Mt. Baker School District Area– The Need for Cell Phone Service and High-Speed Internet
by Linda Dorsett, March 2008
The Mt. Baker School District area is the “land that technology forgot”. The area is rural with a high percentage of low income
families. It is also offers world class scenery and recreation. Tourism is the largest industry in the area and has the potential to grow
significantly – especially as the Vancouver Olympics approach. A variety of other businesses exist, but they are mostly small and
totally insufficient to support the local population. This forces lengthy commutes for many of the local residents. The lack of access
to cell phone service and high speed internet connection is one of the major impediments to economic growth in the area. It is also
putting the School District at risk of becoming unable to meet its educational requirements.
The South Fork area of the School District has no access to high speed internet other than satellite service, which is expensive and
unreliable. Cell phone service in that area is spotty. The North Fork area hosts a growing tourism industry but has almost no access
to cell phone service and limited access to high speed internet. The North Fork is served by cable (high speed internet) in a few
select areas. The cable runs to Maple Falls and into the Columbia Valley. Anyone near the cable but at the end of a driveway longer
than fifty feet faces prohibitively expensive hook-up charges. The South Fork, Silver Lake Road and Glacier communities have no
access to high speed internet service. In many locations, satellite access is not even an option due to hills and trees blocking clear
access to the sky. This leaves dial-up connection as the only option.
Lack of access to modern technology is the single most limiting factor to economic growth in the District. It is creating problems
for the tourism industry, which caters to people who take cell phone and internet access for granted. Tourists are increasingly
concerned about staying connected to their jobs and families. Local tourism is not likely to survive as a viable industry without
these services. Non-tourism based businesses are struggling as well. Businesses need to be able to communicate with employees
who are out of the office. In today’s environment this requires a cell phone. Dial-up connection to the internet no longer comes
close to meeting the needs of businesses trying to operate from this area. Dial-up connection is completely unable to handle the
increasing reliance on graphic rich documents, video clips and other large documents that businesses send to each other without a
The lack of access to high speed internet threatens the viability of the school district as well as local economic development. The
school district is facing new requirements to continue serving students in the face of a health epidemic, which would require
remote access to schoolwork, and to provide enriched learning opportunities that are increasingly available only through a high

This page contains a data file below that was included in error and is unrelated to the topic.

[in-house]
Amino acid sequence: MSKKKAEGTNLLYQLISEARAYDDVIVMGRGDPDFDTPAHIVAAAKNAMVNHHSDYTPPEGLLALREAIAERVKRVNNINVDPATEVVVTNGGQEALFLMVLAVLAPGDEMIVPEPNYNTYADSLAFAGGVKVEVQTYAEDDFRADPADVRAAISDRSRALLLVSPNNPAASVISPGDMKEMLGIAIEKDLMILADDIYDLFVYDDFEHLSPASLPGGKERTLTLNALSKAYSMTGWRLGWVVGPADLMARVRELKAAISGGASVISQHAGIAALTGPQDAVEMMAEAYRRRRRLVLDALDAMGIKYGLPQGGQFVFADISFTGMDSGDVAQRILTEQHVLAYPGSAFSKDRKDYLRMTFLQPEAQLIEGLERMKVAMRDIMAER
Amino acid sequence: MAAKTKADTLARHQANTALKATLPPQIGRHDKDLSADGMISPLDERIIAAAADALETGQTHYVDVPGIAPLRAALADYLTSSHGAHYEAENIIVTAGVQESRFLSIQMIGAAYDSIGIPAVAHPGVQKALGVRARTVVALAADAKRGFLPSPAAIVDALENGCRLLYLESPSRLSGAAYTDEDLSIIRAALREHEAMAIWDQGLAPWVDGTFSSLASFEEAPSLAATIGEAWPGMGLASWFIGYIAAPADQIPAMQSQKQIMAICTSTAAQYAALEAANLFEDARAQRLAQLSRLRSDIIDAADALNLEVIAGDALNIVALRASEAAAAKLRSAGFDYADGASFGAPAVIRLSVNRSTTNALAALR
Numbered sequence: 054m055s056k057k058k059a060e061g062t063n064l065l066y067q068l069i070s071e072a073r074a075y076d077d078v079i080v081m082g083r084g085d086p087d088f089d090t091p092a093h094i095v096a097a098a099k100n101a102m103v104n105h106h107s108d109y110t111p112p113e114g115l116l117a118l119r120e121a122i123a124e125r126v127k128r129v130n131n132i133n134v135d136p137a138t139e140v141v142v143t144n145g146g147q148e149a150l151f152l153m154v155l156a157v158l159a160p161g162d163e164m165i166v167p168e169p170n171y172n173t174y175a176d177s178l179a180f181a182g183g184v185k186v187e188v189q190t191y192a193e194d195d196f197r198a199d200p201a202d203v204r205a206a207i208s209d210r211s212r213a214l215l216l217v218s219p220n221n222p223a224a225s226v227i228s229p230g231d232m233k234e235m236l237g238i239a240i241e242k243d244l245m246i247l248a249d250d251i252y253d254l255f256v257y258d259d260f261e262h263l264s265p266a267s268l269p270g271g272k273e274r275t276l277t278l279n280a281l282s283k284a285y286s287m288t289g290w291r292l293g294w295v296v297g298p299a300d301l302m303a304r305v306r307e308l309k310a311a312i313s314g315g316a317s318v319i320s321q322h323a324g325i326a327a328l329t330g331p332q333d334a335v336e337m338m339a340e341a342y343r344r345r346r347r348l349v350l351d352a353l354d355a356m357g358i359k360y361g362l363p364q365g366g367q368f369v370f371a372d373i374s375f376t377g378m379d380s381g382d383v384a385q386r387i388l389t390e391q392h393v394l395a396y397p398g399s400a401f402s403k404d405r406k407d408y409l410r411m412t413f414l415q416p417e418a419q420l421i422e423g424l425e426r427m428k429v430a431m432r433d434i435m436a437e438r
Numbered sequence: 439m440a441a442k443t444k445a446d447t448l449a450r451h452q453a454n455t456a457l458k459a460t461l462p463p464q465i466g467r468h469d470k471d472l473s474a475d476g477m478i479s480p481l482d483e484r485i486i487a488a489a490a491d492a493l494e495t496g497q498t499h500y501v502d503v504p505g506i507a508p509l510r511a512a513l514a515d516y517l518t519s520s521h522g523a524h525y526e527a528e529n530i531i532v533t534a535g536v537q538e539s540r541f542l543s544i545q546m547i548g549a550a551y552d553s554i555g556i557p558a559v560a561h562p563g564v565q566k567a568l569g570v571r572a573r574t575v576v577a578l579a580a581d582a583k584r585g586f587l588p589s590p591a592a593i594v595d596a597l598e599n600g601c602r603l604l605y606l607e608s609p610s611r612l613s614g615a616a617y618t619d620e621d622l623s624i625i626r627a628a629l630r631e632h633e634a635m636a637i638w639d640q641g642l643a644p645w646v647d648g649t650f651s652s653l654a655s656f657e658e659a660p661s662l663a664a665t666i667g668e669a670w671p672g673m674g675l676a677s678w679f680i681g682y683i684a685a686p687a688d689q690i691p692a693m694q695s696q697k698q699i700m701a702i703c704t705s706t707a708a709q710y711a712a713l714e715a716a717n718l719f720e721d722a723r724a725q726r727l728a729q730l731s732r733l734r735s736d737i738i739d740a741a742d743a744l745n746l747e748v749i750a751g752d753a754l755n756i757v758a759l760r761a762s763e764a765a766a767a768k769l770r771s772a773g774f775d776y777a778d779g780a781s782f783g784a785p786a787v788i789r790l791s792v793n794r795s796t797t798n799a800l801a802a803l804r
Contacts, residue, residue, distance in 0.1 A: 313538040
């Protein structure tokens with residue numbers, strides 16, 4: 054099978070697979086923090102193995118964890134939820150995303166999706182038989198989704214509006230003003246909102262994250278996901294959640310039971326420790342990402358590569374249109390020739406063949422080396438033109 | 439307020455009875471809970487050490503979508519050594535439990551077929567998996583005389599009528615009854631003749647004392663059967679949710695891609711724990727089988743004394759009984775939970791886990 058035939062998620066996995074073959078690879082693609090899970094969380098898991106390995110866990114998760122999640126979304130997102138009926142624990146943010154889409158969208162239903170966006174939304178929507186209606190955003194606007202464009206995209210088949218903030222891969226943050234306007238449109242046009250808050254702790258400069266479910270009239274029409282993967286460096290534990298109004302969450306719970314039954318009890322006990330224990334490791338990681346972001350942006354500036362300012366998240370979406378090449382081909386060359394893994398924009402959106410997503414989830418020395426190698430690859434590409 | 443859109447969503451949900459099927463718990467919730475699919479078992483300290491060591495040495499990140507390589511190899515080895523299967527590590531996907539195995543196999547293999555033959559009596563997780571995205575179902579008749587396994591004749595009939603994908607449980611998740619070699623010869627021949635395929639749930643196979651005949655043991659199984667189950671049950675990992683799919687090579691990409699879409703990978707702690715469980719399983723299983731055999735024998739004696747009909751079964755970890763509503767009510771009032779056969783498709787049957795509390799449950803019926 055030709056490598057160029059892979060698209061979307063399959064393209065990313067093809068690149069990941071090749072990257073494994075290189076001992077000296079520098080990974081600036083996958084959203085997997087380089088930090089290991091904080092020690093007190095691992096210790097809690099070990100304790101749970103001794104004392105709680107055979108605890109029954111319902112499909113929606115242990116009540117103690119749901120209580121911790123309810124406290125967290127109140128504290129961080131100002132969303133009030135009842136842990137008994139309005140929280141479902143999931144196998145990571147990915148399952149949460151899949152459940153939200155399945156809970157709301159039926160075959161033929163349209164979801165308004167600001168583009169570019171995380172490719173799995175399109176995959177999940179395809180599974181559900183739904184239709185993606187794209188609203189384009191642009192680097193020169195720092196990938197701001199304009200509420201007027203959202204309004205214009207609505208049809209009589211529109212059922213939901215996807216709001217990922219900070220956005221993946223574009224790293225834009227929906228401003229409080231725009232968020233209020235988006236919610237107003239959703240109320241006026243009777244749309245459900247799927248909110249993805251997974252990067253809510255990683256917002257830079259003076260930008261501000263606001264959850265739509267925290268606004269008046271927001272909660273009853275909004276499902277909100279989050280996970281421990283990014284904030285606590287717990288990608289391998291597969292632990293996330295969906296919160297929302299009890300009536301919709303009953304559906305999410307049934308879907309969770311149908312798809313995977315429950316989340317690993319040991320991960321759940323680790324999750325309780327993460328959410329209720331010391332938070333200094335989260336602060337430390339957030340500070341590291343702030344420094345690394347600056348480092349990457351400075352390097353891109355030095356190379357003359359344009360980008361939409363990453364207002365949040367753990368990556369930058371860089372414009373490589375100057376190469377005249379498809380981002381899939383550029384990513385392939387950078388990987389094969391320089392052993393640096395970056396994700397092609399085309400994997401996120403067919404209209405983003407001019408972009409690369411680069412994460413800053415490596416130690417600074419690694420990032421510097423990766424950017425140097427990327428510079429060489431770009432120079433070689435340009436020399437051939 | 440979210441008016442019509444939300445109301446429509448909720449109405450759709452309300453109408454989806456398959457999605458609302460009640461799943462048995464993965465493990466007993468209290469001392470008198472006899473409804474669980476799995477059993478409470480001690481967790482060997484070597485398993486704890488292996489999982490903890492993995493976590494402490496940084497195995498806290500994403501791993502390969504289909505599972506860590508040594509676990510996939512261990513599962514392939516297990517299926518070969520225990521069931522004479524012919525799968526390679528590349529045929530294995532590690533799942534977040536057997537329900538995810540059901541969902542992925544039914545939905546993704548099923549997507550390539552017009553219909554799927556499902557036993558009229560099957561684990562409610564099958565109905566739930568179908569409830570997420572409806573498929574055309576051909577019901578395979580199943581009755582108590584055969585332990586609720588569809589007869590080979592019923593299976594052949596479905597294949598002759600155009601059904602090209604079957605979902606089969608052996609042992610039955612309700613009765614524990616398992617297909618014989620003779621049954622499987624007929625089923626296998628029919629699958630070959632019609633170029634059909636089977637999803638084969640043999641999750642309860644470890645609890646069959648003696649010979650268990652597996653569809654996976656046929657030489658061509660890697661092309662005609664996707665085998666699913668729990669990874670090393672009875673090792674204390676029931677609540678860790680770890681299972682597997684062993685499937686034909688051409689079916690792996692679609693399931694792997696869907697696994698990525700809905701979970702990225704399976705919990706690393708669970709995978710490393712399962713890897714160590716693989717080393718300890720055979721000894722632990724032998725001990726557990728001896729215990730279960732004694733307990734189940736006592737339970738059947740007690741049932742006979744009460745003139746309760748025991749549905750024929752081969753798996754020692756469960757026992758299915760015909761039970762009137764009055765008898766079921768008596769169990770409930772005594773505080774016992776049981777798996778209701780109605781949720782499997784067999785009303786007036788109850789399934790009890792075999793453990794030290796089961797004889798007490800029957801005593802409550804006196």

speed internet connection. Without home based access to high speed internet for all students, the Mt. Baker School District will fall
out of compliance with regulations and will be unable to provide an adequate education.
Lack of cell phone coverage also presents a significant safety issue. The Mt. Baker School District area is served by long, lonely
roads. Schools buses, law enforcement, border patrol, fire departments, locals and tourists all face difficulty in calling for help when
it is needed. The Sheriff’s Department and Border Patrol utilize a satellite system that provides better coverage than the average
person can access, but still has holes that leave our safety professionals vulnerable. Local residents and tourists are unable to call
for help for themselves or others. Those in trouble must wait for a passing motorist who is willing to help and that motorist must
leave the scene to contact emergency services. Often such helpful individuals make contact with local emergency services only to
find that they do not have accurate or essential information. This further slows the rescue process.
Clearly, it is time to find a way to bring the Mt. Baker School District area into the modern age by providing all homes and
businesses with access to high speed internet and cell phone service. It is particularly important that a solution is created that
assures access for all. A piecemeal approach to the problem will result in pockets of homes that may never be able to receive
service. This will not meet the requirements of the School District or local residents, nor will it solve the safety problems. A broad
coalition of groups and individuals are coming together to support this idea.
Preliminary research has already been conducted and an initial plan has been developed that can result in service to all. The State
of Kentucky has managed to connect their entire state with high speed internet. They did it though a collaboration of government,
service providers, foundations and citizens. A similar united effort is needed for the Mt. Baker School District area.